Our Changing World

Thursday 26 March 2015, with Alison Ballance, Ruth Beran & Veronika Meduna

On This Programme

Black Petrels - New Zealand's Most At-Risk Seabird

By Alison Ballance

“The clackers stand outside their burrows and call at the top of their lungs trying to attract a female in. They’re single males, so they’re trying to attract a new girlfriend.  At the moment we call them the ‘Desperate Dans’, because it’s near the end of the [breeding] season and they’re still trying to get a girlfriend.” Seabird researcher Biz (Elizabeth) Bell.

A black petrel incubating an egg, in a nest chamber it has excavated under a large puriri tree at Glenfern Sanctuary

A black petrel incubating an egg, in a nest chamber it has excavated under a large puriri tree at Glenfern Sanctuary

Photo: Scott Sambell / Glenfern Sanctuary

Biz (Elizabeth) Bell has studied black petrels for 19 years, and hasn't lost her enthusiasm for what she calls "magic birds". The bird she is holding is marked with a stripe of white twink on its head.

Biz (Elizabeth) Bell has studied black petrels for 19 years, and hasn't lost her enthusiasm for what she calls "magic birds". The bird she is holding is marked with a stripe of white twink on its head.

Photo: RNZ / Alison Ballance

Black petrels (which are also called Parkinson’s petrels) are a familiar seabird sight in the outer Hauraki Gulf. But although they’re a very visible bird, they‘re listed as nationally vulnerable, and are recognised as being the seabird most at risk from commercial fishing. There are just 2500 breeding pairs of black petrels, and their total population, according to Biz Bell from Wildlife Management International, is somewhere between 11,000 and 21,000 birds. Biz says the population most likely numbers about 15,000, which includes young birds and non-breeders (black petrels don’t usually begin breeding until they are 4-5 years old).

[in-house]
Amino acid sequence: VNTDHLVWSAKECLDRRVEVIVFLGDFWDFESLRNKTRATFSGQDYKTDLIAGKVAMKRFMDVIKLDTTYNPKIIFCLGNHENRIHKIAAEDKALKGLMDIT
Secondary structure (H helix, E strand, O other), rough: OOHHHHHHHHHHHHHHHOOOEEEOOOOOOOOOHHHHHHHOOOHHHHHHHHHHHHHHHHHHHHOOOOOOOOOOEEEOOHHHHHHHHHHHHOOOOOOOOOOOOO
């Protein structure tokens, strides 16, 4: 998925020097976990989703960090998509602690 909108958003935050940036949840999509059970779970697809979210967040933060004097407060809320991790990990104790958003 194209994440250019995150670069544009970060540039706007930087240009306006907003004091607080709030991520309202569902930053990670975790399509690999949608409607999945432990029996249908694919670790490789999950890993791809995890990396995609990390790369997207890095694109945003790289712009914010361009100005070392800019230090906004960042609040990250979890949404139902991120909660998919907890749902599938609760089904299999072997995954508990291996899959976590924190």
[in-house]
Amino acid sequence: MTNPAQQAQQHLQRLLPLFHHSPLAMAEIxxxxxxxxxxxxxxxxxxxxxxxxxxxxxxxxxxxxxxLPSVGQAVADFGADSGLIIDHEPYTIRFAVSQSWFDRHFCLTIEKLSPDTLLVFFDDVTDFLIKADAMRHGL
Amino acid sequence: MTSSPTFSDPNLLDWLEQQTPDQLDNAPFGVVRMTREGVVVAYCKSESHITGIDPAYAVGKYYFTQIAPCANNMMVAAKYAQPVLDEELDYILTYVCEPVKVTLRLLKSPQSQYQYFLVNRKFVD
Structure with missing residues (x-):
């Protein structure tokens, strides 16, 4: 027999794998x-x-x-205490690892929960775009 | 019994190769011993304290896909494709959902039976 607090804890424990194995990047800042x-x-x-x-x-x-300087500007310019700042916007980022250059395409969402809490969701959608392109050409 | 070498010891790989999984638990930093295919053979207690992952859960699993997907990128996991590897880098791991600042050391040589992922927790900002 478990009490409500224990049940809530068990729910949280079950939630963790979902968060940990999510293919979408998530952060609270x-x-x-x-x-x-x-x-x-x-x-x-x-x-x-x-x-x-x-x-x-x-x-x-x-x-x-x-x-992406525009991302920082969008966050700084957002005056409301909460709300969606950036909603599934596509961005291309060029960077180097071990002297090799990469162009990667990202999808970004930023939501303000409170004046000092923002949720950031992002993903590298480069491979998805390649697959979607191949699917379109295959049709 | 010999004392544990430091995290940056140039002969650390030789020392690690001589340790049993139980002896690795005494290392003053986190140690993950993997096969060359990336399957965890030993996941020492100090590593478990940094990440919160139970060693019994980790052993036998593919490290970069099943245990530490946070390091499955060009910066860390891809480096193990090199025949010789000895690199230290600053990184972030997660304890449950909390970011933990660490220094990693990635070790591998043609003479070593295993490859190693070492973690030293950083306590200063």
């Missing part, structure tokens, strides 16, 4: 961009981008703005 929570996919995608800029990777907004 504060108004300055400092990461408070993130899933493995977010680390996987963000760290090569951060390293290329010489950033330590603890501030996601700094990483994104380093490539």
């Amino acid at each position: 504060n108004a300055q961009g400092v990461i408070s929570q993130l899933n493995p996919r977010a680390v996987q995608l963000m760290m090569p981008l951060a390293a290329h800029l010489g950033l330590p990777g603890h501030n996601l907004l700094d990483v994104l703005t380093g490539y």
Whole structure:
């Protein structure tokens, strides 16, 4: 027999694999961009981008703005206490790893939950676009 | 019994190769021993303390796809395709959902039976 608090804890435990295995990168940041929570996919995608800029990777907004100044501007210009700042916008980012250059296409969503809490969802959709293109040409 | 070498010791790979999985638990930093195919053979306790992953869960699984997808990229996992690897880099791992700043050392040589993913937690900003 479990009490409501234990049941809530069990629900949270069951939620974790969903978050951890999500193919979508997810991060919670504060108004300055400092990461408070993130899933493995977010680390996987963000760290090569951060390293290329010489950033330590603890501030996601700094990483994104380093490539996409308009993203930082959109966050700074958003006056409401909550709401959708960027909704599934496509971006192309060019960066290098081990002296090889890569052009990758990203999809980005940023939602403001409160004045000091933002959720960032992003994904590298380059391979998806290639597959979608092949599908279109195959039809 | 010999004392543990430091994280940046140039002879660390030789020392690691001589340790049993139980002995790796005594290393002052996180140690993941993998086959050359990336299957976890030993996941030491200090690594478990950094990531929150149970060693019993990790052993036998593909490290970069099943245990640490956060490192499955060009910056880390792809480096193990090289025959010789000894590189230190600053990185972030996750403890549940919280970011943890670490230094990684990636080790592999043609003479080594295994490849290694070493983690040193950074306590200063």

The single ‘clacking’ males begin their efforts to attract a mate in October, and they may carry on through until the end of February. During that time they call every night for most of the might. They have cleaned out a nesting burrow, which is excavated underground amongst the roots of trees, which they hope will meet the approval of a female attracted by the sound of their clacking.

In late summer, the other night-time sounds on the high slopes of Great Barrier Island’s Hirakimata/Mount Hobson, according to Biz, are “lovers. A male has managed to get hold of a female, and they’re canoodling n the burrow, basically, getting to know each other, pair-bonding and getting ready to pair up the following year to breed.”

Meantime, early February is also when this year’s black petrel chicks are just starting to hatch. With so much black petrel activity happening, February is a key time of the year for Biz Bell, who visits the black petrel colony for up to three weeks to monitor hatching success in the 427 study burrows, look for new burrows and band any unbanded birds.

View from the largest black petrel colony on Hirakimata/Mount Hobson on Great Barrier Island across to Hauturu/Little Barrier Island which is home to a very small colony of black petrels.

View from the largest black petrel colony on Hirakimata/Mount Hobson on Great Barrier Island across to Hauturu/Little Barrier Island which is home to a very small colony of black petrels.

Photo: RNZ / Alison Ballance

A black petrel chick that is just a few days out looks out through the researcher's access into its underground burrow. It will take 2 months from hatching before it flies away to sea.

A black petrel chick that is just a few days out looks out through the researcher's access into its underground burrow. It will take 2 months from hatching before it flies away to sea.

Photo: RNZ / Alison Ballance

Biz has been studying the birds since 1995, and the annual February trip is one of three trips she makes to the colonies on Great Barrier Island and Hauturu/Little Barrier Island each year. In those 19 years she has banded more than 2000 adult birds, and 2500 chicks. Only 204 of those banded chicks have returned to the colony, and Biz says this low survival rate of less than 10% does not bode well for the future of the species and is something they are working to change.

Although rats and feral cats predate on chicks and adult birds on land, the main threat to black petrels comes from both commercial and recreational fishers in the outer Hauraki Gulf, which is a key feeding area for the birds when they are feeding chicks. The petrels are an accidental by-catch, which are attracted by bait and become hooked on fishing lines.